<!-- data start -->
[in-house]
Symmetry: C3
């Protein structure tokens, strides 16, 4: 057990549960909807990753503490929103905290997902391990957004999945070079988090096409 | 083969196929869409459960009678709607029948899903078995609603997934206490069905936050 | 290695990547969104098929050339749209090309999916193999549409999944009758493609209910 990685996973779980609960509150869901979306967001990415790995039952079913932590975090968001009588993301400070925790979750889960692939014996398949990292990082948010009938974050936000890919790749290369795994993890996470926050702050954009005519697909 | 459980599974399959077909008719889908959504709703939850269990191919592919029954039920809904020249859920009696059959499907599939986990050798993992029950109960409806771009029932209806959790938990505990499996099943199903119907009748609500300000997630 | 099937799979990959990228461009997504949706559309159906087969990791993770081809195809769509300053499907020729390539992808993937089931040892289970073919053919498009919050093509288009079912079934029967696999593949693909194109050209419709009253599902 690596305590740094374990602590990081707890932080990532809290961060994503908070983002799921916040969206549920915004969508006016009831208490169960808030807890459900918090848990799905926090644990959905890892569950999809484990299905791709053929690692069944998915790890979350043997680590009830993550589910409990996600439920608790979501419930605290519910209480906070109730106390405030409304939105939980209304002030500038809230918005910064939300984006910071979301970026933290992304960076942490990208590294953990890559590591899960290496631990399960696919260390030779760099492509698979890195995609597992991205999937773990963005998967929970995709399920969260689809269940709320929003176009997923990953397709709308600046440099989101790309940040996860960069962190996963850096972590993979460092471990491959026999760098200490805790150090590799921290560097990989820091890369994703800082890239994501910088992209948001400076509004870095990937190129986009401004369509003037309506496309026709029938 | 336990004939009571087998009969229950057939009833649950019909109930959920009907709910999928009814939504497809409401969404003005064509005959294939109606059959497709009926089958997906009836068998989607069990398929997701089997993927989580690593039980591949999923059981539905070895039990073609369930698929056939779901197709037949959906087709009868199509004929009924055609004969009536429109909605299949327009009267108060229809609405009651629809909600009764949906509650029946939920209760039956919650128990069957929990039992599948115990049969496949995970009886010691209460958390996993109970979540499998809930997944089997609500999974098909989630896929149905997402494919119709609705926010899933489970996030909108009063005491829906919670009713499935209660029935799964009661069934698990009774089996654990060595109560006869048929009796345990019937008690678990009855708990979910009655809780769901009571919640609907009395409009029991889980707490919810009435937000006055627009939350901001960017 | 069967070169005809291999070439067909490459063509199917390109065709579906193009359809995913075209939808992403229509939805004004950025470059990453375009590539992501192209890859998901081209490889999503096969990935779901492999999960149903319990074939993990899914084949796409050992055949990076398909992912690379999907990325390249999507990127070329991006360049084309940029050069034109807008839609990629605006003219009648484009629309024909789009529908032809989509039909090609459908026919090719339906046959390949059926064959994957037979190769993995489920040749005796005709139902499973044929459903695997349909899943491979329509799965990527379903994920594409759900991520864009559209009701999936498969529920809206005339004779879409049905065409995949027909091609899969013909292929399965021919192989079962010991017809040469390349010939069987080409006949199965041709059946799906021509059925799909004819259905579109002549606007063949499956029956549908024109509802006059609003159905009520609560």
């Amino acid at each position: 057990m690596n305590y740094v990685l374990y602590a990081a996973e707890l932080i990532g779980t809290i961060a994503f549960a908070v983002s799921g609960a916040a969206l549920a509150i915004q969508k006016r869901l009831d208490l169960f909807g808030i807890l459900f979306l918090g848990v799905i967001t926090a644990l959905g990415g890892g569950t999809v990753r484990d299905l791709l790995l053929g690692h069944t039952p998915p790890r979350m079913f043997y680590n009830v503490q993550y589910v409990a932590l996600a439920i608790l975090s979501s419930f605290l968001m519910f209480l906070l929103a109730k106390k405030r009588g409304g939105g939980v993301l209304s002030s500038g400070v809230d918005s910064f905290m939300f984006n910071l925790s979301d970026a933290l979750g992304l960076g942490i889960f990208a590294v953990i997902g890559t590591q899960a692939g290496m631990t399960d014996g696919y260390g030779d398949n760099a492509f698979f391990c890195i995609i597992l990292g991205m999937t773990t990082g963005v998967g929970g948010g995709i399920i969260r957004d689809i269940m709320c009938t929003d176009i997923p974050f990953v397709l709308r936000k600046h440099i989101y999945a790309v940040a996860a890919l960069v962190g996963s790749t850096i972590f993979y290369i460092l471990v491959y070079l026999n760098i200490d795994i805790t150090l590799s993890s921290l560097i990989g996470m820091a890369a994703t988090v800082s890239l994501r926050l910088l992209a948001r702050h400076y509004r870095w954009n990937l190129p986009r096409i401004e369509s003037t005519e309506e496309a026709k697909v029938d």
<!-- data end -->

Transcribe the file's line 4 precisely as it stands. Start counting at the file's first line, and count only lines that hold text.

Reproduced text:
């Amino acid at each position: 057990m690596n305590y740094v990685l374990y602590a990081a996973e707890l932080i990532g779980t809290i961060a994503f549960a908070v983002s799921g609960a916040a969206l549920a509150i915004q969508k006016r869901l009831d208490l169960f909807g808030i807890l459900f979306l918090g848990v799905i967001t926090a644990l959905g990415g890892g569950t999809v990753r484990d299905l791709l790995l053929g690692h069944t039952p998915p790890r979350m079913f043997y680590n009830v503490q993550y589910v409990a932590l996600a439920i608790l975090s979501s419930f605290l968001m519910f209480l906070l929103a109730k106390k405030r009588g409304g939105g939980v993301l209304s002030s500038g400070v809230d918005s910064f905290m939300f984006n910071l925790s979301d970026a933290l979750g992304l960076g942490i889960f990208a590294v953990i997902g890559t590591q899960a692939g290496m631990t399960d014996g696919y260390g030779d398949n760099a492509f698979f391990c890195i995609i597992l990292g991205m999937t773990t990082g963005v998967g929970g948010g995709i399920i969260r957004d689809i269940m709320c009938t929003d176009i997923p974050f990953v397709l709308r936000k600046h440099i989101y999945a790309v940040a996860a890919l960069v962190g996963s790749t850096i972590f993979y290369i460092l471990v491959y070079l026999n760098i200490d795994i805790t150090l590799s993890s921290l560097i990989g996470m820091a890369a994703t988090v800082s890239l994501r926050l910088l992209a948001r702050h400076y509004r870095w954009n990937l190129p986009r096409i401004e369509s003037t005519e309506e496309a026709k697909v029938d």